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DOH493 Research Skills Guide: Topic Analysis

Topic Analysis

A topic analysis will help you to clarify and understand what your assessment question is asking you to do.

You should be able to break down the assessment task into three components:

  1. The task or instruction terms tell how you are to deal with the content. Charles Sturt's Academic Skills team has a study guide on Common Instruction Words.
  2. The limits or qualifiers tell you the specific focus of the topic or concept.
  3. The key topic or concept words direct you in what to research.

EXAMPLE

Imagine you are required to write a literature review based on the following topic: 

Discuss the effect of sports or energy drinks on the oral health of teenagers

Instruction word(s) discuss
Qualifying words & phrases teenagers
Key concept sports or energy drinks, oral health

 

Identify synonyms (alternative terms) to use in your search, e.g.:

teenagers youth, adolescent
oral health dental health, caries
sports or energy drinks drinks, beverages

 

For full details of your assessment task please refer to your subject outline.

Formulating a Clinical Question

In health/medical research, and particularly in the process of Evidence-Based Practice, it can be useful to express your research topic as a clinical question. That way you can focus clearly on exactly what you need to know and work out the concepts you need to search for.

The clinical question should be:

  • relevant to the patient or the problem
  • formulated in such a way as to help with the search for an answer.   

Using a search framework such as PICO can help you pinpoint your question, and from there your search strategy.

PICO

The PICO search framework tool is commonly used to formulate clinical questions around interventions and their efficacy. The PICO letters each stand for a key concept that you'll be looking for in the literature to help you answer the question:

P Patient/Population/Problem Start with the patient, or group of patients, or problem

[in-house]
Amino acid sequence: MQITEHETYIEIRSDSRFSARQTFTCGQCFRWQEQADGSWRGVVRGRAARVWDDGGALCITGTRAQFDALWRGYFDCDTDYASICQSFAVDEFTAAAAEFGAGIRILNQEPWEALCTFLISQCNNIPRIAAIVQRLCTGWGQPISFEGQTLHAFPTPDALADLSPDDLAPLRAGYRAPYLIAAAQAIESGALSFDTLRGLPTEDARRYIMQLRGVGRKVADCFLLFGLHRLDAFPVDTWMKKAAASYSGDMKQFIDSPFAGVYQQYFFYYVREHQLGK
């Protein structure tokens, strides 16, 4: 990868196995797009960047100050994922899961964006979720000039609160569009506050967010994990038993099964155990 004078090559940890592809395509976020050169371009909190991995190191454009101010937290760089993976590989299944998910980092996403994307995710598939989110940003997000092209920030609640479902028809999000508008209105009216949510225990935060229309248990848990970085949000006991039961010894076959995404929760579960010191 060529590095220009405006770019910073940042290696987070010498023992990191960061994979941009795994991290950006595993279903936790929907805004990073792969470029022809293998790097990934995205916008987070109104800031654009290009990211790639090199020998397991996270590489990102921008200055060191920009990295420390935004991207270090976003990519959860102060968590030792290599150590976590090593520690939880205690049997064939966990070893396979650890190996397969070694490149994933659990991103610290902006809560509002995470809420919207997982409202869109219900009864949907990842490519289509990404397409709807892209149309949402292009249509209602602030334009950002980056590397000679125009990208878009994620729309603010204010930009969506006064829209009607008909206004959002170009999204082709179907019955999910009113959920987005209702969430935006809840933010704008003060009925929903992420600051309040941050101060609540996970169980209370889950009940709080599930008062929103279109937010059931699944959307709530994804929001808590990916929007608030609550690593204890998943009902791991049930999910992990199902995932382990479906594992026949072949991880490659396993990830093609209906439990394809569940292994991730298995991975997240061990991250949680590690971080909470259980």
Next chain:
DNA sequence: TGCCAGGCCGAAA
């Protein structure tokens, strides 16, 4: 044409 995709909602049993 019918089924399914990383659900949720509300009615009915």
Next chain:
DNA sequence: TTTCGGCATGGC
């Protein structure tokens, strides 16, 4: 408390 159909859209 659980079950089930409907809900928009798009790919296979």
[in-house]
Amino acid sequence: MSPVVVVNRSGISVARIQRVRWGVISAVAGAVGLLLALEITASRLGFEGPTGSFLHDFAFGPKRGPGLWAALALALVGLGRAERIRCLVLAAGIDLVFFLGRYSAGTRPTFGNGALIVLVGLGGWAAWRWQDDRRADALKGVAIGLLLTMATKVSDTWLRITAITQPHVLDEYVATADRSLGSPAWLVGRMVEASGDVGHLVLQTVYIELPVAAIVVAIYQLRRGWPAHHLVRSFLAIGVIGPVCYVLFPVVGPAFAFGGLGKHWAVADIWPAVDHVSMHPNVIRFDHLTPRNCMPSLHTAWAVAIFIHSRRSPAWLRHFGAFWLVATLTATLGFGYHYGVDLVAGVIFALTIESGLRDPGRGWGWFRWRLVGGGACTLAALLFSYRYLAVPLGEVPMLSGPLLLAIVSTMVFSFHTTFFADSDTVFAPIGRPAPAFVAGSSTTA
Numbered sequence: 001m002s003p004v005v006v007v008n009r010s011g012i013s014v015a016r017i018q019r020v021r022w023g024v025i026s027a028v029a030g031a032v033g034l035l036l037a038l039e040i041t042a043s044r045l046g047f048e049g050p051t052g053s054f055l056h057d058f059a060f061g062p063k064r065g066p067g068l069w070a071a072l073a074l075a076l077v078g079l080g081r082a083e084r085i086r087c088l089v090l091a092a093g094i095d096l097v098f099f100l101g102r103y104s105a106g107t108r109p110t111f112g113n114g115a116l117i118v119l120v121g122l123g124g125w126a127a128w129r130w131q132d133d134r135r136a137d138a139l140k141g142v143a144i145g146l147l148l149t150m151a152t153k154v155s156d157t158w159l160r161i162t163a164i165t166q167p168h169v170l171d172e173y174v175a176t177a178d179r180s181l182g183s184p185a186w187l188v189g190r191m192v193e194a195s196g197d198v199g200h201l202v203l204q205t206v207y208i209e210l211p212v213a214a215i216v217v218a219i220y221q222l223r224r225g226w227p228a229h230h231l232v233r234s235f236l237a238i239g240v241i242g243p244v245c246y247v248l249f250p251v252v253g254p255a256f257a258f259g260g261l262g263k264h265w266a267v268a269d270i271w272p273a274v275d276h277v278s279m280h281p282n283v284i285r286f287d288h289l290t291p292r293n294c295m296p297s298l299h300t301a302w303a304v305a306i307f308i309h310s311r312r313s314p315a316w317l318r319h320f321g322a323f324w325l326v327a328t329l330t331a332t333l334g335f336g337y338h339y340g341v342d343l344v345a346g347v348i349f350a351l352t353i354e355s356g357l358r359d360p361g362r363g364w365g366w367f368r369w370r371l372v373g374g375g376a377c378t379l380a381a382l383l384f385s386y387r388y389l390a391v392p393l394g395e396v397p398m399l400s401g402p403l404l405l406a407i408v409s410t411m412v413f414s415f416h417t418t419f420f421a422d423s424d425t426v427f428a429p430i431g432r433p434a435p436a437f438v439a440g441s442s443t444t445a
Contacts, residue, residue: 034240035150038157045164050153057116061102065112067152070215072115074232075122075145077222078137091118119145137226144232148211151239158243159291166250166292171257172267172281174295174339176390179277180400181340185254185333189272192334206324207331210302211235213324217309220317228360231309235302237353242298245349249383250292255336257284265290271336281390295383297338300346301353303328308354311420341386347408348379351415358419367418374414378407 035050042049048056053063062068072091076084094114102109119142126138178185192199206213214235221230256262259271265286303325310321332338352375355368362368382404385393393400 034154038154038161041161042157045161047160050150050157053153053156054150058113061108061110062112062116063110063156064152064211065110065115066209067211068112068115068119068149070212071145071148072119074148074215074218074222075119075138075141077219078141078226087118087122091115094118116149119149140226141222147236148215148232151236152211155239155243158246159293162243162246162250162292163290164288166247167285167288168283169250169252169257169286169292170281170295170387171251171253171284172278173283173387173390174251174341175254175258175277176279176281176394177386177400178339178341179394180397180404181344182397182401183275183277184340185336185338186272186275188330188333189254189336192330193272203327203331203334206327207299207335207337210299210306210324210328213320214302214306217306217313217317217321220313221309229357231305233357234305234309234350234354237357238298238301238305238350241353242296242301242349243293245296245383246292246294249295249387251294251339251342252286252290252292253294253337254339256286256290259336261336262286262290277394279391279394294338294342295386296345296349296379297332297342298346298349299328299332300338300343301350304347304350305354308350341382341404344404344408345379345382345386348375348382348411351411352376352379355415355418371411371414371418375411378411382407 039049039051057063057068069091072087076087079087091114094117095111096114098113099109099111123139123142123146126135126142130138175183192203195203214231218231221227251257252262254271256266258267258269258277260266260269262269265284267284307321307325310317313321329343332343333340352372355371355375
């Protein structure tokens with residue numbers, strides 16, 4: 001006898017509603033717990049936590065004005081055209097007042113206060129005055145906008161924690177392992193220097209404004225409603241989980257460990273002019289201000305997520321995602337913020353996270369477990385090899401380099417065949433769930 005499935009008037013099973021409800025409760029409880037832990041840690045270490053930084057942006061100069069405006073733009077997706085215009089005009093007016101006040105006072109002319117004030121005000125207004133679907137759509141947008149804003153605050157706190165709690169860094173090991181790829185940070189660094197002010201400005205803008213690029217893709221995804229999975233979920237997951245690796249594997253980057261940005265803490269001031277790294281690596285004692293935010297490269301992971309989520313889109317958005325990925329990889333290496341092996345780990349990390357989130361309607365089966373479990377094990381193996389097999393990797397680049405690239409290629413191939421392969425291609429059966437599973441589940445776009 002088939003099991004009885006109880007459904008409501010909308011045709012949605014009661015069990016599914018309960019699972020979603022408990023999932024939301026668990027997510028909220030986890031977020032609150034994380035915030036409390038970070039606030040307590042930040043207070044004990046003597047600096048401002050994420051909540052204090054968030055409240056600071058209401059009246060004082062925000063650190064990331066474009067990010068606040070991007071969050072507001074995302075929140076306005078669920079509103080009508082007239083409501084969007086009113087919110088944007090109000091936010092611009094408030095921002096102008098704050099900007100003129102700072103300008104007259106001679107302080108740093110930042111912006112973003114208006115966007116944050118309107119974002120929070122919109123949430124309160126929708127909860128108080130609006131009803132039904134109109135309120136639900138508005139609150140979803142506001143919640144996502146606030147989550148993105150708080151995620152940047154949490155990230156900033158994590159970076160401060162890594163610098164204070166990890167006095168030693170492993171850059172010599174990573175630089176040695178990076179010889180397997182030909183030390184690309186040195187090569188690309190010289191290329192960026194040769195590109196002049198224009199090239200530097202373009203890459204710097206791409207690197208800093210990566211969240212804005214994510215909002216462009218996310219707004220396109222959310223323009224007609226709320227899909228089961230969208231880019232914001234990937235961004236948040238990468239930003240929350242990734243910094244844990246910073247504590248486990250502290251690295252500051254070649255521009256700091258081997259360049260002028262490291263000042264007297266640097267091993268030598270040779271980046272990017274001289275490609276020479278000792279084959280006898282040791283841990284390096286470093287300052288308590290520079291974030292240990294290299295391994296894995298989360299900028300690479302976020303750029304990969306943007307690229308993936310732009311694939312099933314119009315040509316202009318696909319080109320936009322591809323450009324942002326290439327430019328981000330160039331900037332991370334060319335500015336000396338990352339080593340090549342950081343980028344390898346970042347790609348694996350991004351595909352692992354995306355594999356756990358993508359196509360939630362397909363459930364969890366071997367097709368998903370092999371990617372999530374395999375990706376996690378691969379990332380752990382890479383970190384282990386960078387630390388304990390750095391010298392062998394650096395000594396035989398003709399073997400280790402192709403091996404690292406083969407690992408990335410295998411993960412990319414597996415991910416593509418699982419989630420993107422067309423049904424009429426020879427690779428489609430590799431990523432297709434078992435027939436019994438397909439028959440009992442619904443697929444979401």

I Intervention What is the proposed intervention?
C Comparison What is the main alternative, to compare with the intervention (there may not be one)
O Outcome

What is the anticipated, or hoped-for, outcome?

Example

"I work in an aged care facility where urinary tract infections are a common problem. I've heard that cranberry juice can help prevent UTIs. I wonder if there's any evidence for that and whether it might help our patients?"

  • Population        residents in aged care homes
  • Intervention      cranberry juice
  • Comparison     no intervention (status quo)
  • Outcome           prevention of UTIs.

Now the clinical question can be framed as:  Does cranberry juice help prevent UTIs in residents of aged care homes?

The question has been narrowed to its key elements, and includes words that can be used as search terms: cranberry juice; prevent*; utis OR "urinary tract infections"; "aged care home" OR "nursing home".

Topic Analysis

Find additional keywords

Dictionaries and encyclopaedias can help you to find additional keywords and get an overview of the concept.

Oxford Reference Online is a huge repository of subject-specific dictionaries, encyclopaedias, and other reference-type material.

The Clinical Question - More Help

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